Budget Review: Bandai HI-METAL R VF-1J Armored Valkyrie

You’ve seen Macross, right? Or Robotech? You saw the cool sequence where Hikaru Ichijyo/Rick Hunter (delete as applicable) goes on patrol an up-armoured Valkyrie/Veritech (also delete as applicable) for whatever reason, meets Zentradi/Zentraedi (more applicable deletion to be done) scout and ends up unleashing a torrent of missiles at it? If you didn’t, go watch it now, but if you did (or once you have) then boy is this the toy for you!

(Incidentally, for the rest of this review I’m going to use Macross naming conventions because doing otherwise saps my will to live)
This isn’t the first up-armoured Valkyrie action figure to be released, in fact Arcadia1 re-released their own version of this in their familiar 1/60 scale a mere 3 months beforehand, but this seems to be the only action figure version in 1/100 scale, which is a kind-of titchy scale for what this figure claims to do.  Seriously, I have held this on the palm of my hand without problems, it’s a ridiculously adorable size for a Valkyrie. Bandai have used this scale before, in fact they’ve made the exact same base Valkyrie before in their VF HI-METAL line, but they’ve switched it up a bit on the die-cast front and added the chunky armour for this first release in the HI-METAL R line2.

I’ve owned a few Yamato3 Valkyrie in the past, and have been used to their die-cast chunk, but despite the HI-METAL R name this figure is fairly lacking on the die-cast front however most of the die-cast parts it has are at pretty key joints for the transformation.  Ah, yes, the transformation.  Now this isn’t what we’ve come to refer to as a ‘perfect’ transformation, but it gets as close as you can, there is literally once part that needs swapping out to go from Gerwalk to Battroid mode, canopy of the cockpit for a blast shield, meaning that going from Fighter to Gerwalk requires zero swappable parts.  To be honest that is a tiny sacrifice to make dealing with a toy this size, having a sliding blast-shield mechanism built into this would be both fiddly and costly and having seen these sliding shields in effect it just doesn’t pay off in the way that this swappable part does.

That blast shield isn’t the only swappable part from the base figure, as its focus is on producing a solid toy Bandai have ignored the numerous gimmicks you find in other Valkyrie.  There’s no working landing gear, you instead have to switch out three panels on the underside with wheeled versions.  Frankly it looks good, and reduces the number of places where things can get loose.  Admittedly my 30 year old Autobot Jetfire, based on Bandai’s earliest Valkyrie toy4, still has really solid landing gear, but it’s also not fooling anyone that it’s a ‘real’ jet’s landing gear, where here Bandai have produced such an incredibly clean toy that at first glance it looks like a model of a fighter jet especially when you set it down on its landing gear.  It looks like a model of a real jet, not a transformer.  There are also some extra swappable parts in the form of wings with connector points for missile pods.  It’s needed because the way this Valkyrie transforms requires flat wings, and it’s easy to swap them in and out, with the C-clip connector being a decent size that should prevent breakage, though I’m not overly keen on swapping them too often.  One thing you don’t need to swap anything in or out for is the main weapon for the Valkyrie, the GU-11 Gunpod, which tabs in tightly between the stowed away arms.  Fully armed this fighter jet looks fantastic.  Bandai also helpfully provide an adapter so the Fighter can be put onto a Tamashii Stage, I really love the way this is done, with it sliding over the barrel of the cannon and hooking in at a couple of points on the arms.  It’s solid when it’s installed and it looks amazing posed on a flight stand.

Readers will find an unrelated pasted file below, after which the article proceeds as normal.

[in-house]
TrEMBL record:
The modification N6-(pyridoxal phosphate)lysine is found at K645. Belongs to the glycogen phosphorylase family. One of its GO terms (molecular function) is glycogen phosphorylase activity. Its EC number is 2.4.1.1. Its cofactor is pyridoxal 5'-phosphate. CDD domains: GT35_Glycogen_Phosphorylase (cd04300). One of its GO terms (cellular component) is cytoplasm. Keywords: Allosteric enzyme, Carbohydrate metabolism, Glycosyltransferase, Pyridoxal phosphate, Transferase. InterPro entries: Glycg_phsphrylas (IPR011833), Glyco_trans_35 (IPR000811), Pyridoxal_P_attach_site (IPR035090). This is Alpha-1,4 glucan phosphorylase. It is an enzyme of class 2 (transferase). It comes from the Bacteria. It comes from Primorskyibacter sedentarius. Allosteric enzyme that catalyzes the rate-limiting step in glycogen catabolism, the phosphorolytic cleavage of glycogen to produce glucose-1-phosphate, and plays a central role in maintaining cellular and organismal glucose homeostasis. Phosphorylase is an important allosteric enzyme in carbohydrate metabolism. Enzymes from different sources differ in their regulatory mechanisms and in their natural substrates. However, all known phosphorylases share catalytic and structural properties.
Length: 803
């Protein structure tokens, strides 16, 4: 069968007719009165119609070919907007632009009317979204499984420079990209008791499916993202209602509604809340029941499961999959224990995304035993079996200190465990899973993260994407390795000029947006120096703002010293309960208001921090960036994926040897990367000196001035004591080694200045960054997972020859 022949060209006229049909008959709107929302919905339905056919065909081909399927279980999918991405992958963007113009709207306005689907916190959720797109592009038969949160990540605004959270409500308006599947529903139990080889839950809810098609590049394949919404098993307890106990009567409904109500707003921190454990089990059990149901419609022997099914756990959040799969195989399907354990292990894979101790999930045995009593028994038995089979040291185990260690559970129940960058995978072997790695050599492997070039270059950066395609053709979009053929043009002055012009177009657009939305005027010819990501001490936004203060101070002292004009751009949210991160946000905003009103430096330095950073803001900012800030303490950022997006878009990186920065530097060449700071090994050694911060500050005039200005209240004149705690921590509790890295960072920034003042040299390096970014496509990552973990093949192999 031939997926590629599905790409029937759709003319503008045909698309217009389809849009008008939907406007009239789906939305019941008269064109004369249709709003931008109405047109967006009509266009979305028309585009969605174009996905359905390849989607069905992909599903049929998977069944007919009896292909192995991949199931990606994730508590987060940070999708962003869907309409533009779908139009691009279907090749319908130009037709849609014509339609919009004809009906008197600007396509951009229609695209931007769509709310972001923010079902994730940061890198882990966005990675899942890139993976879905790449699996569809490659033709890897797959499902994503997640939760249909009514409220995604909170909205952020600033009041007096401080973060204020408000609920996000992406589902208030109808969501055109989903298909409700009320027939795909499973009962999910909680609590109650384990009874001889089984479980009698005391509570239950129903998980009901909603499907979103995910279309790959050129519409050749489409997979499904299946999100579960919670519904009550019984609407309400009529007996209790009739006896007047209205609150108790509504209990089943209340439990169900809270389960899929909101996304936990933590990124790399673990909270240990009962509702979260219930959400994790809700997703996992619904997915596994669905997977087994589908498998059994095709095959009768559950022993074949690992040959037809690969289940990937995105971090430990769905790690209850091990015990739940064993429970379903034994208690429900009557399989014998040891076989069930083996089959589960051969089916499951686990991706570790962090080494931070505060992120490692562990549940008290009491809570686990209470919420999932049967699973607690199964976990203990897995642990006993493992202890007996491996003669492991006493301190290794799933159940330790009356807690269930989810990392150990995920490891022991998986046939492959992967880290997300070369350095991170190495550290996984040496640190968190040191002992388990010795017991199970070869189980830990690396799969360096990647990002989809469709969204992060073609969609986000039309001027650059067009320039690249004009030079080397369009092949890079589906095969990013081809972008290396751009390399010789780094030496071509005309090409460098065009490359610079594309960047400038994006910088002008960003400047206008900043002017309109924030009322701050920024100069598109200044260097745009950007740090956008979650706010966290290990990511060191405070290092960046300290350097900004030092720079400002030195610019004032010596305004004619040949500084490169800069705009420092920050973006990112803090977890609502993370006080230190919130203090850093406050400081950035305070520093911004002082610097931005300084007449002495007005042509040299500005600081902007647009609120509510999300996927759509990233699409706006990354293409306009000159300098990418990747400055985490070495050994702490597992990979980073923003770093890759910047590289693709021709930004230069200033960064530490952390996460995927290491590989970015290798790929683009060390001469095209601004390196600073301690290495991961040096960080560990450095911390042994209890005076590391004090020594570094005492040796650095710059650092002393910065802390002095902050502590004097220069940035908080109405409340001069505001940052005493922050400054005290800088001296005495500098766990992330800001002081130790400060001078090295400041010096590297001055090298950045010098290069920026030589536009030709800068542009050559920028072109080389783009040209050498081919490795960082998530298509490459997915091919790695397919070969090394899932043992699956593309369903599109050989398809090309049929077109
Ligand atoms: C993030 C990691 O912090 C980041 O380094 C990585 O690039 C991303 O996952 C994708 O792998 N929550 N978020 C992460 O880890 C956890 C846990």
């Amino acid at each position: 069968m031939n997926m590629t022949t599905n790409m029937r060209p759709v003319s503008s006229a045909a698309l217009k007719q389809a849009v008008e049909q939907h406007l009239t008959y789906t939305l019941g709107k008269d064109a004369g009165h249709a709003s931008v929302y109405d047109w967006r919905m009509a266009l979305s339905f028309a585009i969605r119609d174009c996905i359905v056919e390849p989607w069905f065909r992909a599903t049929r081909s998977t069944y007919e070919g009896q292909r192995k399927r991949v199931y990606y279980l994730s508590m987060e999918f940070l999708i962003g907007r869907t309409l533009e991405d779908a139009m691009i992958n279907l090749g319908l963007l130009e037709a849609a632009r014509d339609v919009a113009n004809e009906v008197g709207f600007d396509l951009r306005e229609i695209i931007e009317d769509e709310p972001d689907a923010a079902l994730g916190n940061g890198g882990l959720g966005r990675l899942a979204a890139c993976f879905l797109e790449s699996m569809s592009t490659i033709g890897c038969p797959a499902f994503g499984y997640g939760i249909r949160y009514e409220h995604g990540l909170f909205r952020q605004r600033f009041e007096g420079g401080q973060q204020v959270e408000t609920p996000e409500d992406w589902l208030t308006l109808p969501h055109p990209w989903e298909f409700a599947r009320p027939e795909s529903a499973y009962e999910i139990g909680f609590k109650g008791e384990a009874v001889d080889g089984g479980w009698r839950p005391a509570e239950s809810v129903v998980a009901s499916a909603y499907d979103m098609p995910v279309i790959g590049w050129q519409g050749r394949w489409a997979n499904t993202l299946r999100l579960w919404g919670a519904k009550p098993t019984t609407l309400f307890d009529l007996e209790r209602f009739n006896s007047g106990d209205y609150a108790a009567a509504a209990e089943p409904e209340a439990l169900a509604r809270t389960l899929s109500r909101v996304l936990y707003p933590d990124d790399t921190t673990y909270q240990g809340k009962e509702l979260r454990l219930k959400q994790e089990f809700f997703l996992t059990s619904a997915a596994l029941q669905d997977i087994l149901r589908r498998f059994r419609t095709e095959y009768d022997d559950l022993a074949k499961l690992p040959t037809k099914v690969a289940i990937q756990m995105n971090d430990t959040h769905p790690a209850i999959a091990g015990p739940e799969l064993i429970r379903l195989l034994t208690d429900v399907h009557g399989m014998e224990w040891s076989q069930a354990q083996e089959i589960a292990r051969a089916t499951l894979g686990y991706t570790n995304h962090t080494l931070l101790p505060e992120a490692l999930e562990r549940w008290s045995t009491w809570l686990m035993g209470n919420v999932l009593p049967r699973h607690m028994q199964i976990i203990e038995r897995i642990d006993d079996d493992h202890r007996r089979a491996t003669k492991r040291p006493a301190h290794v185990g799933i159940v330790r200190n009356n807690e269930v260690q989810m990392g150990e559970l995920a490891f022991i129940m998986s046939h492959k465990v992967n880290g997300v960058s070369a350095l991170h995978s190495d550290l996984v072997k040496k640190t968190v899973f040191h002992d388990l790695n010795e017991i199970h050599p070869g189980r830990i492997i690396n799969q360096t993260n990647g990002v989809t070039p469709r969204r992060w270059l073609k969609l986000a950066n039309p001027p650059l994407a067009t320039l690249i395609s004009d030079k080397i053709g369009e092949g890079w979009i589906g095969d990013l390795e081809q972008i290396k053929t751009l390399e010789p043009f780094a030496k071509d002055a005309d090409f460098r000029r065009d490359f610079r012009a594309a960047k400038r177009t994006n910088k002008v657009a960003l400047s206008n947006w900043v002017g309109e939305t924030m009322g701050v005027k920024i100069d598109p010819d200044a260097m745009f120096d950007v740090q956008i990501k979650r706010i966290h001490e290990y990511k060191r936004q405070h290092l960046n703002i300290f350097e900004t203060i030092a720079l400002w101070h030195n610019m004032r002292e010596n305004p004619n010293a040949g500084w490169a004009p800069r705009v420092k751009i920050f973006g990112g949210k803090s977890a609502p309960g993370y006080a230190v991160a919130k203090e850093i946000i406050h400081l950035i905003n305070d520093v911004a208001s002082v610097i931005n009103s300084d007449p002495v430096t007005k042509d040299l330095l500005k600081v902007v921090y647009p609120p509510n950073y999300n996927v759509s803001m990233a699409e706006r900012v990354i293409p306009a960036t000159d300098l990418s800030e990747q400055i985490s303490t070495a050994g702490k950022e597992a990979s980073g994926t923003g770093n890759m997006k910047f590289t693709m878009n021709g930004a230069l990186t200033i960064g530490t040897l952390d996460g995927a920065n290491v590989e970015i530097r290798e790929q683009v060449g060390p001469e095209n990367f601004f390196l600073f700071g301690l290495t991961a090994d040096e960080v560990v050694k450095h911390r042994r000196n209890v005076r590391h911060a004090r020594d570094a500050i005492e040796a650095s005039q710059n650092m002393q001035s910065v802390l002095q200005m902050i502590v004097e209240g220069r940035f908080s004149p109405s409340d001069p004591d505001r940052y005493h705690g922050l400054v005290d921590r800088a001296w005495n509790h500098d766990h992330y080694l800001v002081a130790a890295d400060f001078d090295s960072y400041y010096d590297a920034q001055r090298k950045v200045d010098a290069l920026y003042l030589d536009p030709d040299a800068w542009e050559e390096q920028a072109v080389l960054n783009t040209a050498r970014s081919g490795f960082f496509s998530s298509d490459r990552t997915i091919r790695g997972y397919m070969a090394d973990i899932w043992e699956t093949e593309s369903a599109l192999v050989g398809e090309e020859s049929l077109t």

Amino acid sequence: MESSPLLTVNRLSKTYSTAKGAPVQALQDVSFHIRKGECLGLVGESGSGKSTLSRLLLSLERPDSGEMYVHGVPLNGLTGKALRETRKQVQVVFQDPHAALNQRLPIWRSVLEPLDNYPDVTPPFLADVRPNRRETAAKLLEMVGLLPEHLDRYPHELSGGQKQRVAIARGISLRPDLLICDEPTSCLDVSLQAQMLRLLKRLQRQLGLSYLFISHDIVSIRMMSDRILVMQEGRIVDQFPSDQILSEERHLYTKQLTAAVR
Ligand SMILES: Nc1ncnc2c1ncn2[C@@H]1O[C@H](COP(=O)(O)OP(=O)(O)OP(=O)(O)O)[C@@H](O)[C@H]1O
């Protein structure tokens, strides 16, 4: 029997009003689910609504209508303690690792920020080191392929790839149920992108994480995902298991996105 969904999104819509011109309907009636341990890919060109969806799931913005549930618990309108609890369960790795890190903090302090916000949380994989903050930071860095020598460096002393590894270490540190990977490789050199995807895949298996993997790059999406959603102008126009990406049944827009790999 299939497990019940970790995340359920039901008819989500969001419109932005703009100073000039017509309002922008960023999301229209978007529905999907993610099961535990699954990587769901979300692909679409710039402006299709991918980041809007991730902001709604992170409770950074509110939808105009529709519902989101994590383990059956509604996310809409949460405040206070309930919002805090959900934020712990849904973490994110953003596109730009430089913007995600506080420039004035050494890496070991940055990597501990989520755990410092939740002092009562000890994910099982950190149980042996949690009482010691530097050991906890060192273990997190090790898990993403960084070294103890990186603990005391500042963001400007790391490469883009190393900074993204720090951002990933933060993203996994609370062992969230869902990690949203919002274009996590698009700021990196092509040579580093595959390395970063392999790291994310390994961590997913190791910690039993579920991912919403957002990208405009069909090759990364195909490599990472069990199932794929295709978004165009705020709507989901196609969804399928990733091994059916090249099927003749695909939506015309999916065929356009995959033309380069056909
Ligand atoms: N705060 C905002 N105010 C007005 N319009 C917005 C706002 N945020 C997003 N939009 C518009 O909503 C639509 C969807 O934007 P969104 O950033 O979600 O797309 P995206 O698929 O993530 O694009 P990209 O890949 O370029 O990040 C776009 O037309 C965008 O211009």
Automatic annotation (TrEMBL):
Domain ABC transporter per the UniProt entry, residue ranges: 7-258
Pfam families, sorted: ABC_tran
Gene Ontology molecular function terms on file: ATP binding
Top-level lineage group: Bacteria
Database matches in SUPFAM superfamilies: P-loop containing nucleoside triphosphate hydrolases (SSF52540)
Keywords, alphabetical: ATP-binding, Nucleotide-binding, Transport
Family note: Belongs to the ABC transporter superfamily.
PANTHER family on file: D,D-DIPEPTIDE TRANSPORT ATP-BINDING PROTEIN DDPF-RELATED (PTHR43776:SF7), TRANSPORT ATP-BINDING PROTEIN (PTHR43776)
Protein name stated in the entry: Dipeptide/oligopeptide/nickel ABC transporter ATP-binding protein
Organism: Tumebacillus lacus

Where this toy really shines is when you start transforming it.  Now there’s only really one way a Valkyrie is going to transform because the look of them is so specific if they transformed another way it would be weird.  So this little Valkyrie naturally folds over at the point just behind the canopy, the legs swing back, and the arms swing out, but all of this is achieved in a smarter fashion than Arcadia’s 1/60 Valkyrie with the best bit being the sliding rails on which the shoulders move back and forth and the way they clip in when you swing them out for Gerwalk/Battroid mode.  It’s something that trumps Arcadia’s VF-1J whose shoulders just kind of sit there and move around when you move the arm.  It’s still, as with Arcadia’s VF-1J, a point of note in terms of the fragility of the figure and I can’t help but think it would have served better being built from die-cast instead of plastic.  Not that this toy is fragile, the plastic is certainly sturdy enough and it generally never feels like you’re flexing anything you shouldn’t be.

Gerwalk mode looks excellent, you can get the familiar forward lean with ease, it’s all so nice and straight-forward, so no need to rotate any parts to get it to look right.  There’s also a little Tamashii Stage connector that really makes the most of this mode.  If you don’t have Gerwalk mode on a stand you’re really not doing it right.  It’s also when you get to start playing around with hands.  There are hands already fitted to the Valkyrie, that tuck neatly into the forearms when in Fighter mode but they are a bit ridiculous looking and dinky, luckily Bandai provide a few spares in the forms of fists, splayed hands and a hand designed to wield the cannon previously tucked under the Fighter mode.  A simple sliding mechanism extends the cannon into the rifle mode and reveals a slot into which the grip can be placed.  Again, very neat and removes the need for extra parts to facilitate a fully transforming cannon (something the Arcadia version rather impressively does).